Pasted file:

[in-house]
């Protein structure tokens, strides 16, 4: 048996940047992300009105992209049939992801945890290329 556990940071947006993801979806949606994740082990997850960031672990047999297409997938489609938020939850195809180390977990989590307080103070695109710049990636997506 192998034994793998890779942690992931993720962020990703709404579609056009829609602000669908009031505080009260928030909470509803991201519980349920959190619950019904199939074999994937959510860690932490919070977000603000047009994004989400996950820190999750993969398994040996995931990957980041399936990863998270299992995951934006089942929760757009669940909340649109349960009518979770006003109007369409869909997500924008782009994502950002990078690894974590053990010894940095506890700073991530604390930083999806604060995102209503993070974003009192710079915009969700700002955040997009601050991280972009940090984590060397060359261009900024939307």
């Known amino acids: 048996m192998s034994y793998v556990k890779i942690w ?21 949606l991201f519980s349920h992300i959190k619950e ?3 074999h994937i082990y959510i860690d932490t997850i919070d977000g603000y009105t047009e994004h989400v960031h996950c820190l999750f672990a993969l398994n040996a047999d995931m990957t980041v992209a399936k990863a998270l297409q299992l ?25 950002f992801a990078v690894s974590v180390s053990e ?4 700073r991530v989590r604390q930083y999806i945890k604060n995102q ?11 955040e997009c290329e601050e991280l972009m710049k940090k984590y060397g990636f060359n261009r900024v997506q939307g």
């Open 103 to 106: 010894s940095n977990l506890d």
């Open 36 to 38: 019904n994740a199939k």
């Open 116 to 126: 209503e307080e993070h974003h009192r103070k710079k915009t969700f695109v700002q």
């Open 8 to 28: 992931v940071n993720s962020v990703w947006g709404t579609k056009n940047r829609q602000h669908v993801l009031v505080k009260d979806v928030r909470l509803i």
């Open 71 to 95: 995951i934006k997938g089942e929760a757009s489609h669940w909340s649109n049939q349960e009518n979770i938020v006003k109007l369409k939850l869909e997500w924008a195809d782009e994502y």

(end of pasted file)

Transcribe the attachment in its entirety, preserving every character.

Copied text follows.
[in-house]
């Protein structure tokens, strides 16, 4: 048996940047992300009105992209049939992801945890290329 556990940071947006993801979806949606994740082990997850960031672990047999297409997938489609938020939850195809180390977990989590307080103070695109710049990636997506 192998034994793998890779942690992931993720962020990703709404579609056009829609602000669908009031505080009260928030909470509803991201519980349920959190619950019904199939074999994937959510860690932490919070977000603000047009994004989400996950820190999750993969398994040996995931990957980041399936990863998270299992995951934006089942929760757009669940909340649109349960009518979770006003109007369409869909997500924008782009994502950002990078690894974590053990010894940095506890700073991530604390930083999806604060995102209503993070974003009192710079915009969700700002955040997009601050991280972009940090984590060397060359261009900024939307």
């Known amino acids: 048996m192998s034994y793998v556990k890779i942690w ?21 949606l991201f519980s349920h992300i959190k619950e ?3 074999h994937i082990y959510i860690d932490t997850i919070d977000g603000y009105t047009e994004h989400v960031h996950c820190l999750f672990a993969l398994n040996a047999d995931m990957t980041v992209a399936k990863a998270l297409q299992l ?25 950002f992801a990078v690894s974590v180390s053990e ?4 700073r991530v989590r604390q930083y999806i945890k604060n995102q ?11 955040e997009c290329e601050e991280l972009m710049k940090k984590y060397g990636f060359n261009r900024v997506q939307g």
């Open 103 to 106: 010894s940095n977990l506890d």
């Open 36 to 38: 019904n994740a199939k």
């Open 116 to 126: 209503e307080e993070h974003h009192r103070k710079k915009t969700f695109v700002q």
């Open 8 to 28: 992931v940071n993720s962020v990703w947006g709404t579609k056009n940047r829609q602000h669908v993801l009031v505080k009260d979806v928030r909470l509803i």
């Open 71 to 95: 995951i934006k997938g089942e929760a757009s489609h669940w909340s649109n049939q349960e009518n979770i938020v006003k109007l369409k939850l869909e997500w924008a195809d782009e994502y």